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What Utahns will be looking for during the Vice Presidential Debate

SALT LAKE CITY – As all eyes turn to Utah ahead of the one and only Vice Presidential debate, what will Utahns themselves be looking for during Wednesday night’s debate? 

Hinckley Institute of Politics Director Jason Perry says The Supreme Court, an issue in the 2016 election, is important once again to the state’s voters. 

“They wanted–not everyone–but a majority of Utahns wanted conservative candidates. They’ve got a couple of them already, but that issue is high on the list again,” Perry says. 

COVID-19 is expected to be a big topic at the debate and also tops Utahns’ lists of important issues. 

“Utahns are really going to be looking for the plan or the strategy [on] how to jumpstart the economy,” Perry says. “But also how they’re going to approach issues dealing with the vaccine and the ability to get our population well and safe again.” 

Perry feels the campaigns themselves are going to use the Vice Presidential debate as a way to sell the top of the ticket to voters who are on the fence.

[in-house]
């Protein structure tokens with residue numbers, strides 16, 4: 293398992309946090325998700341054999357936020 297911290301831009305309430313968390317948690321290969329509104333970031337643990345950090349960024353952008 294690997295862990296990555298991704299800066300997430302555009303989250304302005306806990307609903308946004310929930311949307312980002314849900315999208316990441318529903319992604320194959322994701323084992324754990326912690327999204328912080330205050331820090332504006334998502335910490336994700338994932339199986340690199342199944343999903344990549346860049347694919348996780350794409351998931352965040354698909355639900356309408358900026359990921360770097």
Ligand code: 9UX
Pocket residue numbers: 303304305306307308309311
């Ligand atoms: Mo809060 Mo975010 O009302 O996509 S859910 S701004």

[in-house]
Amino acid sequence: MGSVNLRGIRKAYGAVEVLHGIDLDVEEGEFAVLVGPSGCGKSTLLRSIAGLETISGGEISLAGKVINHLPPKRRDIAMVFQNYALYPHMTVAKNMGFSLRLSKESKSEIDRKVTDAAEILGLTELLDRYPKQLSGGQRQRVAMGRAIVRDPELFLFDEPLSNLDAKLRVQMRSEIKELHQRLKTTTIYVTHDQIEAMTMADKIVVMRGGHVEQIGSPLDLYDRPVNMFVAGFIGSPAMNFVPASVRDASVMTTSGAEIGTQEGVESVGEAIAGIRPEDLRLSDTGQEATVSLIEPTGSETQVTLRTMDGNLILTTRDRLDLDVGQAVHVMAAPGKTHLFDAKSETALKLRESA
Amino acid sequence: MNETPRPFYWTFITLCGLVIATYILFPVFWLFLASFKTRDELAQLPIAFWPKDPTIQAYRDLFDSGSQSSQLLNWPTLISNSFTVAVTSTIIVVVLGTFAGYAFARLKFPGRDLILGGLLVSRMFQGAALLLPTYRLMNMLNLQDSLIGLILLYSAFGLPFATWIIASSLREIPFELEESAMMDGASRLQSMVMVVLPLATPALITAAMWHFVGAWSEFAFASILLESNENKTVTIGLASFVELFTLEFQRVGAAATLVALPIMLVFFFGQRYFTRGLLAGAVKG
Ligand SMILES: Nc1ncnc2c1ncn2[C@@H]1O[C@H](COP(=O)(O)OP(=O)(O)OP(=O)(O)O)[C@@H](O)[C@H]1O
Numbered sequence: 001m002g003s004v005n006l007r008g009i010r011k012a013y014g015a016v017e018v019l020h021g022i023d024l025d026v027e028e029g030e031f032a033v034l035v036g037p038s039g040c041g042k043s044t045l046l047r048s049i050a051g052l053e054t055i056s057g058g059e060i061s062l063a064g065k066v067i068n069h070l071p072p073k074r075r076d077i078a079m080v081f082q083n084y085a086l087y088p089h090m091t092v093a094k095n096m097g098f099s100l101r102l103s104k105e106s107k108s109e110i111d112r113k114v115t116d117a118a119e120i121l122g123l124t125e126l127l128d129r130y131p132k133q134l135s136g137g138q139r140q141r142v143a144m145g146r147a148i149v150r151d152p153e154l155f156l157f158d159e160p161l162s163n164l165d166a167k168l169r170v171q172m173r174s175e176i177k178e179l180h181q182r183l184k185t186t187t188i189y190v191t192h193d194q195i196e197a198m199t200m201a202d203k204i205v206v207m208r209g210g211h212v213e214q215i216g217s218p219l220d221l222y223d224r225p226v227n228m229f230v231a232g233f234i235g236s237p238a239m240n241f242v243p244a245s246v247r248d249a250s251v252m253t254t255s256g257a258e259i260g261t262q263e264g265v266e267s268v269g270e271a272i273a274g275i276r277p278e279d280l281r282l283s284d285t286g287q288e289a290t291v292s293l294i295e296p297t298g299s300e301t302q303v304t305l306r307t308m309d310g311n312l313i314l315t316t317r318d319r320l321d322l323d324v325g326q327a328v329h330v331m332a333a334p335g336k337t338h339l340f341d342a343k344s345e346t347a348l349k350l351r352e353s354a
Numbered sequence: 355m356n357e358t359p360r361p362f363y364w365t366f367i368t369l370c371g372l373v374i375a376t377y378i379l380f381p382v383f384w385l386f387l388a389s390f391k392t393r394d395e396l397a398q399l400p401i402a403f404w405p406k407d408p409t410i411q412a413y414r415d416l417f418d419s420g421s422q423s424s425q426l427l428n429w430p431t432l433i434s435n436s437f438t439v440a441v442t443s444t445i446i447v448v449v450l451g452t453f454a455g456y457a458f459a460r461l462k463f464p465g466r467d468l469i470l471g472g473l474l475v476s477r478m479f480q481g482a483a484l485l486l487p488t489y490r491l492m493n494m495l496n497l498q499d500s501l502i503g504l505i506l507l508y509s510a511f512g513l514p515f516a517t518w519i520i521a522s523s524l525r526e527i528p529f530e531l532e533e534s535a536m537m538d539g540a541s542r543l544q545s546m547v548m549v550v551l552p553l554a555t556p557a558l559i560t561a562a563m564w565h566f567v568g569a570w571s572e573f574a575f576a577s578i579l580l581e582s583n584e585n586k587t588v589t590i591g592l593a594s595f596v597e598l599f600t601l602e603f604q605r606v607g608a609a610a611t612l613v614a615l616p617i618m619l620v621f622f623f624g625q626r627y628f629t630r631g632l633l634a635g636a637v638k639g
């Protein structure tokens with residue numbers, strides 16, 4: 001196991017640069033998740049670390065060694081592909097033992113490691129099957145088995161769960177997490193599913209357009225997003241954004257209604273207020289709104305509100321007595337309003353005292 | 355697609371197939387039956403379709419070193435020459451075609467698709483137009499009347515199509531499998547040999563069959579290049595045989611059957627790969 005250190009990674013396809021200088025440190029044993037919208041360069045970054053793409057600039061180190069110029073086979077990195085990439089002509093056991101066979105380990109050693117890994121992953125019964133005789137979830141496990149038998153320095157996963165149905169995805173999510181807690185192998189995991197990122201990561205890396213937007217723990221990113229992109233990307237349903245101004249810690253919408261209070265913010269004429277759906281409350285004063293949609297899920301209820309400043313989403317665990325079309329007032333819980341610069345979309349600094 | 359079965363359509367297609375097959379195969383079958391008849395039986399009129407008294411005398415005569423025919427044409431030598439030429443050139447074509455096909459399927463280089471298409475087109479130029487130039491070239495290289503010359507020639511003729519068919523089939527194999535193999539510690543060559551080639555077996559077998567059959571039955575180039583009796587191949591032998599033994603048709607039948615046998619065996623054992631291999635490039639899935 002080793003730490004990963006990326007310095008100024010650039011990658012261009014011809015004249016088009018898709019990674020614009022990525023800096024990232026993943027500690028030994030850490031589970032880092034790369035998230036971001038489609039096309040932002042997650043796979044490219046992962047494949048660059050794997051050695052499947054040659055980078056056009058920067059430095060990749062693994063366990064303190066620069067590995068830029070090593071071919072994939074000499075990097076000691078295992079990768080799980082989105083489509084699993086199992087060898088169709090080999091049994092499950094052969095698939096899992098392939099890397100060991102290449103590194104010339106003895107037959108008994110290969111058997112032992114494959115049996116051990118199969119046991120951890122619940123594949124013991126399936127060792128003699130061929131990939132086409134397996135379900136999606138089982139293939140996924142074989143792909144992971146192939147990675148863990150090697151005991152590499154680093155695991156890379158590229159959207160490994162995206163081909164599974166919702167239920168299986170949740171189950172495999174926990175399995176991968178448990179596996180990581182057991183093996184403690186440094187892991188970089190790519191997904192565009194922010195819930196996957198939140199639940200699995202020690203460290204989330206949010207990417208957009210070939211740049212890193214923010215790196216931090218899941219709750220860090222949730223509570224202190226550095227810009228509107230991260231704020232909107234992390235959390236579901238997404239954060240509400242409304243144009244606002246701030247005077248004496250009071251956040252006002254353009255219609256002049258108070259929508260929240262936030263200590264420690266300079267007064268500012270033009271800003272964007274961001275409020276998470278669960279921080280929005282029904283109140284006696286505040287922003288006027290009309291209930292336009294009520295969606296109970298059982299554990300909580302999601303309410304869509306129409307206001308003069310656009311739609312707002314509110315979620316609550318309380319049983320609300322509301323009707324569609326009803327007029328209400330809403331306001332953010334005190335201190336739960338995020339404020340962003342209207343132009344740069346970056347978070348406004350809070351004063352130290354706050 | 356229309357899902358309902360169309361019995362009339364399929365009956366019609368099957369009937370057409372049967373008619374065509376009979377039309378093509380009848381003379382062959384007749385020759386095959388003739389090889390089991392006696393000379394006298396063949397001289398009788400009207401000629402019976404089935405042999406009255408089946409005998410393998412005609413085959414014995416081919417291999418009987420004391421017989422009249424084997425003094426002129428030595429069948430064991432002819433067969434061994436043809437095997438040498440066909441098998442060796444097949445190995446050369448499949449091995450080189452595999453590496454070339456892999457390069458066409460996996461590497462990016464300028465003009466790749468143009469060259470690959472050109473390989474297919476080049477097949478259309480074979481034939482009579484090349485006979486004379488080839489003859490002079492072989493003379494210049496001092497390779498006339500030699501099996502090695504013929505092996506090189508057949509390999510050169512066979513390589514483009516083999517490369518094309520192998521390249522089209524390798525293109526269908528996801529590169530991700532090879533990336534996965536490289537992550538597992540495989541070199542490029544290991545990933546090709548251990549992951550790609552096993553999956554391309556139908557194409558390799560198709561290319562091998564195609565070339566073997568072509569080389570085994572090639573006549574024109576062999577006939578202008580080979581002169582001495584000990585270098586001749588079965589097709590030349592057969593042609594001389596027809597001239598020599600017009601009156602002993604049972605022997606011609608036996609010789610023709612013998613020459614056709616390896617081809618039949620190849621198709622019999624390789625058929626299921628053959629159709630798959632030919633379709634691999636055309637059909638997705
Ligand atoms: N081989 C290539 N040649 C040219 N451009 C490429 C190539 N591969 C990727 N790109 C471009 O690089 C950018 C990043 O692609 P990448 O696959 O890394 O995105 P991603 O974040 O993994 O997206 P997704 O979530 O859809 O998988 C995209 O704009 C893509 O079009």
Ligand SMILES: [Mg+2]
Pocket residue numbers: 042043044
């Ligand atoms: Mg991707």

In 2016, many voters in Utah were unsure about then-candidate Donald Trump’s temperament. 

Vice President Mike Pence is seen as having a different leadership style. 

“Vice President Pence is being sent out, particularly here in the West, definitely in the state of Utah, to be that person that is kind of the calmer waters. ‘You may have some concerns about issues of temperament and style, but I’m the Vice President, and you can have confidence in me,'” Perry says. 

Senator Kamala Harris will also be seen as reaching out to voters who have concerns about former Vice President Joe Biden. 

“She’s going to be seen as a competent person that is in that number two role. A steady hand, but also a keen mind,” Perry says. 

Recent polls show President Trump beating former Vice President Biden by 10 points in Utah.


Student volunteers helping at the Vice Presidential debate